There are painting works in the office, shiny new bookshelves and that intimate business of rearranging all the stories, histories and reference works too. It made me think how sad these last few years have been, and how what to one writer happened in America was perhaps the death knell of a whole generation. Especially since it coincided almost eerily with a world banking crisis. It is a delight to hear people talking with passion about their Kindles or readers, about all they can access so quickly and above all about discovering a passion for stories and reading itself. But Phoenix Ark are rather older school and have been a reluctant bride in the e World.
Books are not just the stories inside them, they are like people, personalities and their physical entities contain memory and experience in themselves. Sometimes that is very personal, from annotations, to rediscovered postcards popped inside, from special pages turned down, to well remembered gifts. Those memories can be as happy or as painful as that business of doing your tax returns after a split up, and recalling last year’s cost. But physical books are of course also things of enormous work, thought and beauty. They are stamped by the people who got together to create them, from author to editor to designer and artists, and most specifically carry the mark of their particular moment, and then their successive reinterpretation by future generations, if they survive. Will that not all be lost in the swilling multiverse, where actually words are now also representations of numbers and binary code on a screen?
So, seeking advice from Amazon recently about their own printing facility Createspace, it was with a great deal of ennui that we heard a bullish, however helpful and friendly, American voice urging us toward eBooks publishing, rather than print. Declaring too that last year Borders were forced into Chapter 11 bankruptcy. Amazon created a monster with the specific intention, if you read reports from the US Author’s Guild, of dominating bookselling, then dominating the new platforms and wiping out rivals. Capitalism may take no prisoners, and big publishers are increasingly ruthless too, driving profits with series and bestsellers, but if Amazon cannot see that the closure of Borders is a cultural tragedy, then they have no idea what it is about at all, and that is certainly not just money. A bookshop, a physical space, like a good library, is as much about the joy of interacting, browsing, discovery and allowing all those true things it is about, namely life out there, from flirting to arguing to having an adventure. For authors too there are many negatives about the supposed ‘Democratisation’ of ‘print’ possibility, because culture, real shared culture, takes excellence and is not just some kind of endless white noise.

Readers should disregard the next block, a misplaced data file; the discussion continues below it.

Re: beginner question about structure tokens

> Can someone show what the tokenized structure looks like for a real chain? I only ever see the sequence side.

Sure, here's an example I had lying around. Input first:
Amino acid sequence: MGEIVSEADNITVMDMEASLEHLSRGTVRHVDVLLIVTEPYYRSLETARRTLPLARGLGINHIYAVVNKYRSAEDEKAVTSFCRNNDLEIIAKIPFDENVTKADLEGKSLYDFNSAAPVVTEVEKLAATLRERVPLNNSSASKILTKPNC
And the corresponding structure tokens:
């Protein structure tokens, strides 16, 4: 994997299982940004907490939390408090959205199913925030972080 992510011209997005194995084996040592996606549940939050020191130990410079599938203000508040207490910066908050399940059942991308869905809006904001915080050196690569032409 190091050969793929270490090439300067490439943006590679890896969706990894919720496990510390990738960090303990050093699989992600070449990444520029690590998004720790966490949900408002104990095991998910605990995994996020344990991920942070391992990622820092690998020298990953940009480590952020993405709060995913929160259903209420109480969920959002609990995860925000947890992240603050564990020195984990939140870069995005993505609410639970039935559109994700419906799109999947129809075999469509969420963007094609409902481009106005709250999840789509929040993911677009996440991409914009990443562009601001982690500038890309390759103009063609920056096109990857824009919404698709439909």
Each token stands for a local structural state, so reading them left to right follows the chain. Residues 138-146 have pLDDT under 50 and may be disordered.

Perhaps this is just a moment. Perhaps somehow bookshops, Independent and Chain, will resurface, when we are all glutted with eBooks and wonder what happened to human beings, when everyone on earth is working for the machine in a gigantic call centre. The quality of what people read is vital, so champion the story in the E World, but as for those wonderful things on shelves too, the book is dead, long live the book!